- Le Bras J, Durand R: The mechanisms of resistance to antimalarial drugs in Plasmodium falciparum. Fundam Clin Pharmacol. 2003, 17: 147-153. 10.1046/j.1472-8206.2003.00164.x.View ArticlePubMedGoogle Scholar
- Camargo LMA, Oliveira S, Basano S, Garcia CRS: Antimalarials and the fight against malaria in Brazil. Ther Clin Risk Manag. 2009, 5: 311-317.Google Scholar
- Muregi FW: Antimalarial drugs and their useful therapeutic lives: Rational drug design lessons from pleiotropic action of quinolines and artemisinins. Curr Drug Discov Technol. 2010, 7: 280-316. 10.2174/157016310793360693.View ArticlePubMedGoogle Scholar
- Mackinnon MJ, Marsh K: The selection landscape of malaria parasites. Science. 2010, 328: 866-871. 10.1126/science.1185410.View ArticlePubMedGoogle Scholar
- Noedl H, Se Y, Schaecher K, Smith BL, Socheat D, Fukuda MM: Evidence of artemisinin-resistant malaria in western Cambodia. N Engl J Med. 2008, 359: 2619-2620. 10.1056/NEJMc0805011.View ArticlePubMedGoogle Scholar
- Dondorp AM, Nosten F, Yi P, Das D, Phyo AP, Tarning J, Lwin KM, Ariey F, Hanpithakpong W, Lee SJ, Ringwald P, Silamut K, Imwong M, Chotivanich K, Lim P, Herdman T, An SS, Yeung S, Singhasivanon P, Day NP, Lindegardh N, Socheat D, White NJ: Artemisinin resistance in Plasmodium falciparum malaria. N Engl J Med. 2009, 361: 455-467. 10.1056/NEJMoa0808859.PubMed CentralView ArticlePubMedGoogle Scholar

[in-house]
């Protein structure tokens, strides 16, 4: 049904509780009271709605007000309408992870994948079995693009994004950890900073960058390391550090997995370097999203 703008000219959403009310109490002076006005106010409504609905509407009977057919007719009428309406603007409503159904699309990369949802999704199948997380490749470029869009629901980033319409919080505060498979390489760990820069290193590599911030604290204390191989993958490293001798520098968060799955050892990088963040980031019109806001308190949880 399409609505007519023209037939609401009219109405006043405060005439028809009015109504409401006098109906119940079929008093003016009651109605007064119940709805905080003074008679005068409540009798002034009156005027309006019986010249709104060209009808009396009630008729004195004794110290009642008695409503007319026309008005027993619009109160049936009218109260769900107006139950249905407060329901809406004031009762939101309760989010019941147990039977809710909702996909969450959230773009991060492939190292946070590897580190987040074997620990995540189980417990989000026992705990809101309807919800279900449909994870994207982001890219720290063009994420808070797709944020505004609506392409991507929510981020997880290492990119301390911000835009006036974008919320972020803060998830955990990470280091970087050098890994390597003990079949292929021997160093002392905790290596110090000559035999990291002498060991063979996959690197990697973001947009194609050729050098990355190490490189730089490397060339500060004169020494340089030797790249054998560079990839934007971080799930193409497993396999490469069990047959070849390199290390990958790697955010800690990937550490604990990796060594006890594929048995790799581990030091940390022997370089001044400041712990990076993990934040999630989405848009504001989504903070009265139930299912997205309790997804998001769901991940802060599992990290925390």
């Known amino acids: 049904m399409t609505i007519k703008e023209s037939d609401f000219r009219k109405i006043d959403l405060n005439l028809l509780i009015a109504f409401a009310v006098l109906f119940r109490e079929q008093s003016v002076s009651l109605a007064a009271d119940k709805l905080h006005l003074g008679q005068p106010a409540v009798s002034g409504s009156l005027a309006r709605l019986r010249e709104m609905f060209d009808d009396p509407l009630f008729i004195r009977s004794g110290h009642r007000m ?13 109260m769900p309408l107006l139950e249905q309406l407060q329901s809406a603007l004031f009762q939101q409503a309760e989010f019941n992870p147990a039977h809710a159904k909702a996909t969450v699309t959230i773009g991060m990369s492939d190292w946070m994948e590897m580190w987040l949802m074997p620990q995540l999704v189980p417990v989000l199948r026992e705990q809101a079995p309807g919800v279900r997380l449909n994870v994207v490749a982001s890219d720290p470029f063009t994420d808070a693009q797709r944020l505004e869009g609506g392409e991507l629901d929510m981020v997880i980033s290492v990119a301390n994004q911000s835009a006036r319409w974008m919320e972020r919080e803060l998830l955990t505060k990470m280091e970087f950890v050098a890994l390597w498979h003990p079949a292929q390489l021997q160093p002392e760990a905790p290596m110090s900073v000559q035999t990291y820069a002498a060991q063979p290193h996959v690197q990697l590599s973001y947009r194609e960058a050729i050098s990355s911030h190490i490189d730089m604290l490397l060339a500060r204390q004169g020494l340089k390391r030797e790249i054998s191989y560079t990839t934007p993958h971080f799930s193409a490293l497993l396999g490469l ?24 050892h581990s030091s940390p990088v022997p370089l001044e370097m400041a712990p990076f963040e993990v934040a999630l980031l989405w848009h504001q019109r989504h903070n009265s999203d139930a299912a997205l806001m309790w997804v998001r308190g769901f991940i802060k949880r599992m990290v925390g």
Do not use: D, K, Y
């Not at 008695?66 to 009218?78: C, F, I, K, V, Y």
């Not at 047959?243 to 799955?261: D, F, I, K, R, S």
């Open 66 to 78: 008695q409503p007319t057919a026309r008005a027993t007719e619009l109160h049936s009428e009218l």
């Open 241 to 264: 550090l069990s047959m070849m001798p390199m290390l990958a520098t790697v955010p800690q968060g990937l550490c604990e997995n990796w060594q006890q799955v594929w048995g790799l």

- Noedl H, Se Y, Sriwichai S, Schaecher K, Teja-Isavadharm P, Smith B, Rutvisuttinunt W, Bethell D, Surasri S, Fukuda MM, Socheat D, Chan Thap L: Artemisinin resistance in Cambodia: a clinical trial designed to address an emerging problem in Southeast Asia. Clin Infect Dis. 2010, 51: 82-89. 10.1086/657120.View ArticleGoogle Scholar
- Saralamba S, Pan-Ngum W, Maude RJ, Lee SJ, Tarning J, Lindegårdh N, Chotivanich K, Nosten F, Day NP, Socheat D, White NJ, Dondorp AM, White LJ: Intrahost modeling of artemisinin resistance in Plasmodium falciparum. Proc Natl Acad Sci USA. 2011, 108: 397-402. 10.1073/pnas.1006113108.PubMed CentralView ArticlePubMedGoogle Scholar
- Rodrigues LA, Henriques G, Borges ST, Hunt P, Sanchez CP, Martinelli A, Cravo P: Experimental evolution of resistance to artemisinin combination therapy results in amplification of the mdr1 gene in a rodent malaria parasite. PLoS One. 2010, 5: e11593-10.1371/journal.pone.0011593.PubMed CentralView ArticlePubMedGoogle Scholar